In our blog post every Monday we will select a reading from the Revised Common Lectionary for the upcoming Sunday, and pair it with a Frederick Buechner reading on the same topic. Next Sunday, we will celebrate the Third Sunday after the Epiphany. Here is this week’s reading from Jonah 3:1-5, 10...
It is a primary task of church leadership, in the face of the language of commoditized instrumentalism, to keep alive the peculiar relational, covenantal language of faith. That is, to assure that our peculiar rhetoric remains available and compelling. Given that task, I was somewhat “woke” by this remarkable statement: "A language is a dialect with an army and a navy."
While faith and science debates—such as the Intelligent Design paradigm, an old vs. young Earth, or a literal Adam and Eve—seem peripheral to our political division, the experience of having those conversations offer us tools that translate to our current predicament.
In our blog post every Monday we select a reading from the Revised Common Lectionary for the upcoming Sunday, and pair it with a Frederick Buechner reading on the same topic. Next Sunday, we will celebrate the Second Sunday after Epiphany. Here is this week’s reading from John 1:43-46...
In another time of national crisis, another time of danger for our nation, in 1865 on March the fourth, Abraham Lincoln concluded his second inaugural address with these words...
Imagine listening to a long speech in a hot, dry, dusty wilderness in a place where you may not feel entirely safe. That sets the scene for the beginning of Deuteronomy, and it is where God wanted the children of Israel to look back and recall some painful memories and some home truths.
This week we start a new series: Three easy steps to face down worry. Today we talk about step #1!
In my new book Speak It Plain: Words for Worship and Life Together (Fortress Press, 2020), I offer some tips for creating a trauma-informed worship space. What if our faith communities spend this season apart learning to talk about trauma and developing new hospitality practices to support folks on the other side of Covid-19? Here are a few ideas.
Responding to the insurrection at the United States Capitol, Church Anew contacted our network of contributors to ask what they would preach this Sunday. Our prayer is that these words from visionaries, nationally recognized or locally committed, provide witness for your proclamation this Sunday as the nation looks for spiritual leadership and solidarity. May the Spirit ignite your words with fire for justice.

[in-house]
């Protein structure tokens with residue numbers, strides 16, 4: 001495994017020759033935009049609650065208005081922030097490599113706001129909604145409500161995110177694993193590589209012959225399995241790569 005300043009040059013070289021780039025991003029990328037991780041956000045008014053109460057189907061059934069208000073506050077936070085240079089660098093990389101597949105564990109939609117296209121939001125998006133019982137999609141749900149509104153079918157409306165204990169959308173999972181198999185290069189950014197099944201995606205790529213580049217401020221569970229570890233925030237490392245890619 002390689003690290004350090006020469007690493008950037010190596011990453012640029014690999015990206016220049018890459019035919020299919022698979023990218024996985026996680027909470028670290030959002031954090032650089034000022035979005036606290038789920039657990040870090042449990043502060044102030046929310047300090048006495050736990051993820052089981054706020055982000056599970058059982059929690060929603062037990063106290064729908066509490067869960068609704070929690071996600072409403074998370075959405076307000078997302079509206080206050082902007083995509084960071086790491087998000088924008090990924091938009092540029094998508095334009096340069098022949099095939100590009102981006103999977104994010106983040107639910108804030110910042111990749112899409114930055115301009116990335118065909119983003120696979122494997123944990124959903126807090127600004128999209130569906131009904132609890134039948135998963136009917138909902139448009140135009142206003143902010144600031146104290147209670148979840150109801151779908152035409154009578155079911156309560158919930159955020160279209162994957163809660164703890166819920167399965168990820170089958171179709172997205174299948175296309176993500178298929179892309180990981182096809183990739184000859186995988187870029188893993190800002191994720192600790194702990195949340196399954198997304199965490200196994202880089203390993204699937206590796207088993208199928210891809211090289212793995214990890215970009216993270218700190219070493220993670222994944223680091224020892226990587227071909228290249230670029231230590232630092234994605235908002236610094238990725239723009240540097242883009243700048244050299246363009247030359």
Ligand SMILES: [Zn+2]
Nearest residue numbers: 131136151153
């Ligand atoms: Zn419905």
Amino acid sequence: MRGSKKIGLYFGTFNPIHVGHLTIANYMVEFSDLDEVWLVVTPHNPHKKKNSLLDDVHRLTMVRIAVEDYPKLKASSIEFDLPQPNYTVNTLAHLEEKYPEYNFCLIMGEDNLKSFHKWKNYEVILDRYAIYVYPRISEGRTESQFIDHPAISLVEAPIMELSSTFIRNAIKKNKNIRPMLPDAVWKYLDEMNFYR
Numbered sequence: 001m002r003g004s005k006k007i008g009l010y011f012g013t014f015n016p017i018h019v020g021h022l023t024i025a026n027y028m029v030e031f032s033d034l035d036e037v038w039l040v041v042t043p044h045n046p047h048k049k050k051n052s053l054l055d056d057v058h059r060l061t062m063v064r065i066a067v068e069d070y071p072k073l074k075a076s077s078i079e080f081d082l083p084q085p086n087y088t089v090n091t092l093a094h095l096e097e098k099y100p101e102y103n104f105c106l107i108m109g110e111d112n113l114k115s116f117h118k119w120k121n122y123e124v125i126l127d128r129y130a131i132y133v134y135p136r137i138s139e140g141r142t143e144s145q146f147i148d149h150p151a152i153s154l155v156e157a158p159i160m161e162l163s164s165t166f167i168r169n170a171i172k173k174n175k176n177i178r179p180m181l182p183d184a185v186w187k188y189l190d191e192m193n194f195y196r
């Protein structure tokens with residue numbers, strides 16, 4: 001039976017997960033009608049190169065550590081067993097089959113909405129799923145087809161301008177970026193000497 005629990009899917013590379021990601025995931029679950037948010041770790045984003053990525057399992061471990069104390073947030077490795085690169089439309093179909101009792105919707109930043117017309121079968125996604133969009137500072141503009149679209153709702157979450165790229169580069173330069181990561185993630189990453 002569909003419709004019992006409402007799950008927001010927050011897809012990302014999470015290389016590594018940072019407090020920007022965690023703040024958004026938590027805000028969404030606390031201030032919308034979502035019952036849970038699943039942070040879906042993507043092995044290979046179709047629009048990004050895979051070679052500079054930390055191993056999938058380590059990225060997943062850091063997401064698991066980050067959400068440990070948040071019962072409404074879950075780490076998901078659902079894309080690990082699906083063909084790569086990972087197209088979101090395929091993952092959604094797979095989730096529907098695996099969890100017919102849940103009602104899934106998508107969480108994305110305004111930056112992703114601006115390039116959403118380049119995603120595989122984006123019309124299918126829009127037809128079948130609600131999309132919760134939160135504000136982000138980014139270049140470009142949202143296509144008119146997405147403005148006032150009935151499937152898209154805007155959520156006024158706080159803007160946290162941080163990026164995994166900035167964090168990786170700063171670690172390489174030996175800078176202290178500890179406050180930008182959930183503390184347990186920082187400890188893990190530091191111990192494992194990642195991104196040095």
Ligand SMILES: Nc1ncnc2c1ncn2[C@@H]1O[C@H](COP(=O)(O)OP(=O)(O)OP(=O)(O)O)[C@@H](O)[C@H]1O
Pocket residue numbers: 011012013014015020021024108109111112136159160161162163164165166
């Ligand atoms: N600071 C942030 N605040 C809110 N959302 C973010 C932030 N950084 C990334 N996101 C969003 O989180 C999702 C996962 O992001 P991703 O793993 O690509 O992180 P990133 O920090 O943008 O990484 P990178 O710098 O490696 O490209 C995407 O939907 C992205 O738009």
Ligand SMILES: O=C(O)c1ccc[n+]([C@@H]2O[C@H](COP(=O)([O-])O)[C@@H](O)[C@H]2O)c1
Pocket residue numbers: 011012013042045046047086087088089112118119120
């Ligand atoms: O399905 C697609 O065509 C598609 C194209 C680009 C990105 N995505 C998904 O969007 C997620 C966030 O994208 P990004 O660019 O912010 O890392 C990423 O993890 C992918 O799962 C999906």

It is the hunch of some scholars (including me) that Psalm 29 is a liturgical script (or an echo of a liturgical script) that served an annual pageant in the Jerusalem temple in ancient Israel. The intent of that pageant was to perform a drama whereby YHWH was designated as King of the gods for the coming year.
2020 was a year like no other, for most of us. There have been endless retrospectives on the challenges the world, the United States, schools, the medical community, churches and families have faced this year. I recommend you consider another question: What went right last year?
Savor every flake, because every flake bears witness, so claims the poet, to the life-giving reliability of God.
In our blog post every Monday we select a reading from the Revised Common Lectionary for the upcoming Sunday, and pair it with a Frederick Buechner reading on the same topic. Next Sunday, we will celebrate the Baptism of the Lord. Here is this week's reading from Mark 1:4-11...
In our blog post, we select a reading from the Revised Common Lectionary and pair it with a Frederick Buechner reading on the same topic. On January 6, 2021 we will celebrate the Epiphany of the Lord. Here is the reading from Matthew 2:1-12....
So who is my neighbor? 2020 has proven this to be the wrong question. A better question that we should all be asking going into 2021 is, “What kind of neighbor am I?”
Every two weeks, the Church Anew leadership team gathers for prayer, reflection, and visioning. This devotion was shared at our last meeting in December with Pastor David Lillejord, Pastor Matthew Fleming, Pastor Gail Bach and Pastor Mary Brown by Mr. Tim Maudlin. We'd like to share our 2021 intention with you.
The following Christmas sermon, entitled “Let Jesus Show,” was originally published in “Secrets in the Dark”. Here is the full sermon for your enjoyment...
In our blog post every week we select a reading from the Revised Common Lectionary and pair it with a Frederick Buechner reading on the same topic. On January 1, 2021 we will celebrate the Holy Name of Jesus. Here is today's reading from Philippians 2:5-8
The carpenter from Nazareth, Joseph, we may assume, was a modest man who lived a modest life in his village. He did not rock the boat. He did not want to call attention to himself. But then, according to the gospel narrative, he faced two powerful disruptions in his settled life.
When we look at 2020, when we look at this world—a year marked by the exposure of racism in America, political division, and the deadly COVID pandemic—can we have either optimism or hope?